February also holds a better late than never affair between two perennial favorites as Shane Mosley collides with Fernando Vargas on the 25th.  This fight could lead to a winning ticket in the Golden Boy sweepstakes for a fall bonanza against Oscar De La Hoya.

Vargas has been in tougher recently, based on comparable strength of opposition stats, but he’s seen little action. What weight they enter the ring at may have a lot to do with the result. If Vargas has to struggle at the scale, Mosley might have the battle in the bag after round nine.

It’s hard to imagine Mosley getting stopped early, but Vargas doesn’t have to hurt him, he just has to knock him down three times. With natural size, he may be able to do just that, but Mosley would have to box uncharacteristically flat.

Unless Mosley decides to heed the crowd, the most likely scenario is that Shane plays it safe, picks a few shots, and stays away enough to capture a comfortable, dull decision. An unbowed Vargas maintains his fan base but not his bettors.

March both comes in and goes out as a lion.

On March 4th Joe Calzaghe welcomes Jeff Lacy to Manchester UK for what may be the biggest blowout of the headlining bunch. Calzaghe gets the chance to prove his considerable home-based reputation once and for all, but if Lacy creams him as we expect, that glossy record will be severely tarnished.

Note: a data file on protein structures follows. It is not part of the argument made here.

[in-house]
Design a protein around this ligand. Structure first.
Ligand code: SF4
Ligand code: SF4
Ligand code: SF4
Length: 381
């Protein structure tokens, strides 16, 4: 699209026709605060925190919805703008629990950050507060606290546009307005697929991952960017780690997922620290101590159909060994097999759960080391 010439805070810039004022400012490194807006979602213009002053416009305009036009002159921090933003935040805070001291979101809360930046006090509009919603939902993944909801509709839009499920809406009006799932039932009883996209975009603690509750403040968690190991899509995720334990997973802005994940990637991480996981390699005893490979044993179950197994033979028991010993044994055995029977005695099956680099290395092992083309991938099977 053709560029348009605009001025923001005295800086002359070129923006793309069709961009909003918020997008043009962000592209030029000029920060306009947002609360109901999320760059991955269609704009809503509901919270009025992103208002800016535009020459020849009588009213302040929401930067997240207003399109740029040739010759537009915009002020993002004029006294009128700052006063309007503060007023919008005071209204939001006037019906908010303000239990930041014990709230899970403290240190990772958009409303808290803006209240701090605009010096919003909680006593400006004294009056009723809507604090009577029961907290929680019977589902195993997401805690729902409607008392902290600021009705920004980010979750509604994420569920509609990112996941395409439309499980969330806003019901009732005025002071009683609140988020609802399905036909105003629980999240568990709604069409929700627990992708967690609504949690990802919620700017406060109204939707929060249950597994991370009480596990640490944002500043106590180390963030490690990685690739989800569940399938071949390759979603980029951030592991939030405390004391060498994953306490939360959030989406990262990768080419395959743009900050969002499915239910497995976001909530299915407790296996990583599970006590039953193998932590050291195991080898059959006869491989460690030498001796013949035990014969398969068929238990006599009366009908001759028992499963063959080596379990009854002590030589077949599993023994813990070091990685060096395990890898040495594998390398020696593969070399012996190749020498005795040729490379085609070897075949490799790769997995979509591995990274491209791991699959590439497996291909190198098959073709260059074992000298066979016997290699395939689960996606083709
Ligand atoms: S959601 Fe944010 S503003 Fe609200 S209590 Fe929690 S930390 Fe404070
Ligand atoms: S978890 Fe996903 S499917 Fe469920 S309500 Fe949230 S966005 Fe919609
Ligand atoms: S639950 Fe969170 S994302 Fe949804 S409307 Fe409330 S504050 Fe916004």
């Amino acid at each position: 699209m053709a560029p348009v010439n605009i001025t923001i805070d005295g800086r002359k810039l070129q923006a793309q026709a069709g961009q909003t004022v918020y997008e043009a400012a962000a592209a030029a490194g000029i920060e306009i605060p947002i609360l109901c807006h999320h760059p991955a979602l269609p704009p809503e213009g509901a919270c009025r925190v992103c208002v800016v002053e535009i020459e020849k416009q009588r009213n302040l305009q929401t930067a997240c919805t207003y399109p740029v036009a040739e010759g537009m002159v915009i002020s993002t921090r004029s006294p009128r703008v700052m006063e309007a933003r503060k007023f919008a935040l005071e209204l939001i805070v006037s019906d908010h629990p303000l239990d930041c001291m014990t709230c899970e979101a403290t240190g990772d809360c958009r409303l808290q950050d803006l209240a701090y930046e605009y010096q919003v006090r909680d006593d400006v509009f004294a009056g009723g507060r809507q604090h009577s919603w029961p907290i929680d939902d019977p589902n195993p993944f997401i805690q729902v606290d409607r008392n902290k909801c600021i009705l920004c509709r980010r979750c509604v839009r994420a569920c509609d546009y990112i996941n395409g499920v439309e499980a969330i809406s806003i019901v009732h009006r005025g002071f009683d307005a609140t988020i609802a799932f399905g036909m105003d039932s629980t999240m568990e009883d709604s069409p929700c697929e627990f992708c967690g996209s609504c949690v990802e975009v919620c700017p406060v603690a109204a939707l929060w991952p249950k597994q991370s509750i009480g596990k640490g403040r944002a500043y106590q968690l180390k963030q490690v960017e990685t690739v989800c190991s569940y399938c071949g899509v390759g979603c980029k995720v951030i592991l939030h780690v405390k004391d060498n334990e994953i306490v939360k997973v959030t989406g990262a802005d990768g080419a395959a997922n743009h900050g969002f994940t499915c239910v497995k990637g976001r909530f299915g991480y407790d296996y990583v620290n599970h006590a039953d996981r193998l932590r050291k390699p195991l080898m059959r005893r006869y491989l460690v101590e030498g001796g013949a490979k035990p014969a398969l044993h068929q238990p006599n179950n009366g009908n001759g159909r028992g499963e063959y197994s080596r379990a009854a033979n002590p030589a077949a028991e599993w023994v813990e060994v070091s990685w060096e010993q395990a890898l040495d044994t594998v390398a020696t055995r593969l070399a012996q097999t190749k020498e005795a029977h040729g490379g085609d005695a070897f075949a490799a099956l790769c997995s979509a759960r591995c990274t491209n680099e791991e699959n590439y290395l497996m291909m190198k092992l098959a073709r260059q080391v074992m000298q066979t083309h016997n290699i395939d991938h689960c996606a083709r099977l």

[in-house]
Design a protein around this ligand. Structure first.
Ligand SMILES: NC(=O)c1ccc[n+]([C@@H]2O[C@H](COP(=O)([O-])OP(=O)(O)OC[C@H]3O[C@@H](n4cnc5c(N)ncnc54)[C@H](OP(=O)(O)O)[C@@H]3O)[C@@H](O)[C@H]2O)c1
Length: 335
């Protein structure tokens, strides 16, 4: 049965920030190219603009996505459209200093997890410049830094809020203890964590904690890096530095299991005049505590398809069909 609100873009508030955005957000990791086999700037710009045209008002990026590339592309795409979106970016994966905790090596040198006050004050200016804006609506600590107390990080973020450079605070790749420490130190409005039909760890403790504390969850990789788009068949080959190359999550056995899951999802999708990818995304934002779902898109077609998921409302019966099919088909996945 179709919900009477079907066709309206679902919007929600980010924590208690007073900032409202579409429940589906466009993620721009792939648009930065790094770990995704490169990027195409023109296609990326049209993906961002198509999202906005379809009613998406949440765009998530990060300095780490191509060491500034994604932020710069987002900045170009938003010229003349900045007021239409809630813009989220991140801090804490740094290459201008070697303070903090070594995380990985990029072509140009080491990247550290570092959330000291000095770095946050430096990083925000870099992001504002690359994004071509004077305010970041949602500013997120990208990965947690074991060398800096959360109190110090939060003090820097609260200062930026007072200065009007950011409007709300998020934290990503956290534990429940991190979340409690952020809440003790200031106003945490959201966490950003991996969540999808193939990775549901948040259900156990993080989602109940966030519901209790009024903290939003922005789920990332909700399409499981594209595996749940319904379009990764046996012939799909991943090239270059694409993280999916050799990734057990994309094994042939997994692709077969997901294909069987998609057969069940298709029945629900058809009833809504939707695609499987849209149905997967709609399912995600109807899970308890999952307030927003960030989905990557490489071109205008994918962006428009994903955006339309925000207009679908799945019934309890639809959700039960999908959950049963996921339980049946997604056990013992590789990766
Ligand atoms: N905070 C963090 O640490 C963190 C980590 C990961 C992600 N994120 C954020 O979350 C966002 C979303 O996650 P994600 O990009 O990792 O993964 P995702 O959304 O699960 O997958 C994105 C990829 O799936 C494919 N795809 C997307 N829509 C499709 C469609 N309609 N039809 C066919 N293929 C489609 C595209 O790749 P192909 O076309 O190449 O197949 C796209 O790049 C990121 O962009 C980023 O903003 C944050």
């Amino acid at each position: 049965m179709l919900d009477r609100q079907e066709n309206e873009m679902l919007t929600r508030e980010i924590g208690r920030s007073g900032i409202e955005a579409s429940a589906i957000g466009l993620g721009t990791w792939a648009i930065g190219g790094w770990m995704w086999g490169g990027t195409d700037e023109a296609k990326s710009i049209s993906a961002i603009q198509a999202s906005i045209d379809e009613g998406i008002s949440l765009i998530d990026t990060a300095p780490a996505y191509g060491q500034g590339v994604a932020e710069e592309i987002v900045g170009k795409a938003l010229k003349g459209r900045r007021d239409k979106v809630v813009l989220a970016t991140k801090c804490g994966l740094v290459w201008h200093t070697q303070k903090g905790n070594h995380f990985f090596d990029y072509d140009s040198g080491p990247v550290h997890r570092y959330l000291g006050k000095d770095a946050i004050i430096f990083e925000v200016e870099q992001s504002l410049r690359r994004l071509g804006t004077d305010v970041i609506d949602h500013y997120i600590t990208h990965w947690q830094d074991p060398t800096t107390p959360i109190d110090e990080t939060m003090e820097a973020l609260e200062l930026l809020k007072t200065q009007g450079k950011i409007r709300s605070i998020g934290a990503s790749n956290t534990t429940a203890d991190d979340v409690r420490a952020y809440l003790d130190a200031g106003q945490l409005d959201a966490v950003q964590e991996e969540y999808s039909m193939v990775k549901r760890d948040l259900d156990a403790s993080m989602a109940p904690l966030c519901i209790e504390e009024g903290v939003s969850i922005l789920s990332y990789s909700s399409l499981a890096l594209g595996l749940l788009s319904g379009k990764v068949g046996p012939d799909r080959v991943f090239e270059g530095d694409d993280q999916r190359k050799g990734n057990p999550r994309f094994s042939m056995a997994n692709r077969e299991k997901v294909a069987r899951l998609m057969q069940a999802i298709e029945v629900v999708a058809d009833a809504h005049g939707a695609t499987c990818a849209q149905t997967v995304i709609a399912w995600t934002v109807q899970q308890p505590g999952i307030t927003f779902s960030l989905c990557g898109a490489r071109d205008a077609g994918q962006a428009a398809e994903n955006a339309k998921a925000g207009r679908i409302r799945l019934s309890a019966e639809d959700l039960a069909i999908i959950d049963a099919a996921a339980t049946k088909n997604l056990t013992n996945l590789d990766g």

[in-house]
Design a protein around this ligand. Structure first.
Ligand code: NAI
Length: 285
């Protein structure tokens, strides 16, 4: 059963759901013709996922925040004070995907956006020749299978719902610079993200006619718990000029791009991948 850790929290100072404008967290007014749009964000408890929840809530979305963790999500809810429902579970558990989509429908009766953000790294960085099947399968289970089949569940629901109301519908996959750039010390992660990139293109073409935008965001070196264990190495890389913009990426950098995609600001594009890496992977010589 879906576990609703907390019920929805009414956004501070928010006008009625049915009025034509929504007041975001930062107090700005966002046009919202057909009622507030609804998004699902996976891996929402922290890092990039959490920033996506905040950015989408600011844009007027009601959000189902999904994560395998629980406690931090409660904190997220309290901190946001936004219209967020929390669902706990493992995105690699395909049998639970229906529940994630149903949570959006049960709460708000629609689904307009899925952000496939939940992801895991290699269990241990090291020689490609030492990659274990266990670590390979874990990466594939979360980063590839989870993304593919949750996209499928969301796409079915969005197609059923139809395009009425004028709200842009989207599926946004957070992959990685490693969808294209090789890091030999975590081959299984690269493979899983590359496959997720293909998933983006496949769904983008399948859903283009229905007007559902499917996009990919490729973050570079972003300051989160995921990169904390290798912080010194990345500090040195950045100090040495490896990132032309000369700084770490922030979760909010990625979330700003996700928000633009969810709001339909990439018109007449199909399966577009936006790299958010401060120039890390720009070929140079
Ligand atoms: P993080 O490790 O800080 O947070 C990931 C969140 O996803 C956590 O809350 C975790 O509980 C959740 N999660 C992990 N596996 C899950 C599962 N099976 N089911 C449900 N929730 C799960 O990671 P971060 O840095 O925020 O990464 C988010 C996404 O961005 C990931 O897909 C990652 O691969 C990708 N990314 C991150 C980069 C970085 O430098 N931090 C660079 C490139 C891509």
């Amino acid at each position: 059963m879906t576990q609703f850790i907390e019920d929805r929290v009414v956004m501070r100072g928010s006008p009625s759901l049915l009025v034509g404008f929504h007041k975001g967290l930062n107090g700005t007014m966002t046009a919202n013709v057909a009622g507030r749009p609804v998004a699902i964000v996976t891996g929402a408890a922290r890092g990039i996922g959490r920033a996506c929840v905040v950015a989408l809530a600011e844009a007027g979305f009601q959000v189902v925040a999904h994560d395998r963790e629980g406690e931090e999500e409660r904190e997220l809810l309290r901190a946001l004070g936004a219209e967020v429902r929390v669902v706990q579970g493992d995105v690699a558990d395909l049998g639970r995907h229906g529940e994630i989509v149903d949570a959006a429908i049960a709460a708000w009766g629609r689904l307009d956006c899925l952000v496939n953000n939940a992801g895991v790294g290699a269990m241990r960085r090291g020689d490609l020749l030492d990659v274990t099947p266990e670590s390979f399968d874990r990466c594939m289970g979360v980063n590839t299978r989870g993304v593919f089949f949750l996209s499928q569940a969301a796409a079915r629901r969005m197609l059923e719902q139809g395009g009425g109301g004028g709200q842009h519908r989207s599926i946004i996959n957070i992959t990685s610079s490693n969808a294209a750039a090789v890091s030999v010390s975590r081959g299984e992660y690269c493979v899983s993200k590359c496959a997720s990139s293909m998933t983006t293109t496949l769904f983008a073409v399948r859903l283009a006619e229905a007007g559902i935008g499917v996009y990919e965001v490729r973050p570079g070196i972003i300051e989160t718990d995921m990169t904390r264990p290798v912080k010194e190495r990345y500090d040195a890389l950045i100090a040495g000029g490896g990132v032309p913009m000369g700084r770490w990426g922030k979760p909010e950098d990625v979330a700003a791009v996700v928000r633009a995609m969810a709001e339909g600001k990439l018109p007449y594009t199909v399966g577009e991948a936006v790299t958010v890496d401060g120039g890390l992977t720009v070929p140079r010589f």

All Calzaghe has to do is make a respectable stand, but that’s no small task against the rising Lacy. A motivated Calzaghe, songs of England ringing in his ears, could pull a big surprise if he can exploit Lacy’s relatively limited technical development, but that’s a longshot indeed.

It looks like Lacy can get by on power alone. He could soon emerge as a pound-for-pound leader. Old Joe’s hometown advantage will last about two left hooks.

March 11th has the Ides of history to beware for at least one old lion, with farewell (we’ll see) fireworks featuring Roy Jones Jr. against Bernard Hopkins. Less than two years ago they were considered untouchable all time greats. Now between them they’ve lost five in a row.

This goodbye fight is contracted at light heavyweight, for what seems like an oldies night. Hopkins is the senior at age 41 to Jones’s 37, but Roy seems more the grandpa figure, last seen hanging on against Antonio Tarver. Youth, as it were here, will prevail.

This bout was signed quickly as each principal, usually sticklers for favorable contract clauses, agreed to parity in a demonstration of businessman first and fighter second. They may both expect easy marks. How much the boys have left by the time they get down to business remains to be seen. The history books will show this as a climactic career bout between Hall of Famers.

At 175 pounds, Hopkins may be in for rude awakening. Jones may have been more thoroughly outfought recently, but he was rumbling with bigger, tougher men than Jermain Taylor or Howard Eastman. Respectable as he is, Taylor still falls short of the level of Tarver, at least for now. The difference is still fifteen pounds less pop.

It will be quite a feat if Hopkins can stay in the fight, even at Jones’s advanced age. Our stars point to Jones winning in overwhelming fashion.

On March 18th, James Toney meets Hasim Rahman in another pairing of seasoned war-horses.

Toney and Rahman already had their introductions, when they brawled in Mexico during a WBC gathering to bestow Rahman’s new belt. Between formalities, Toney got married, which could bring up the old questions about carnal training.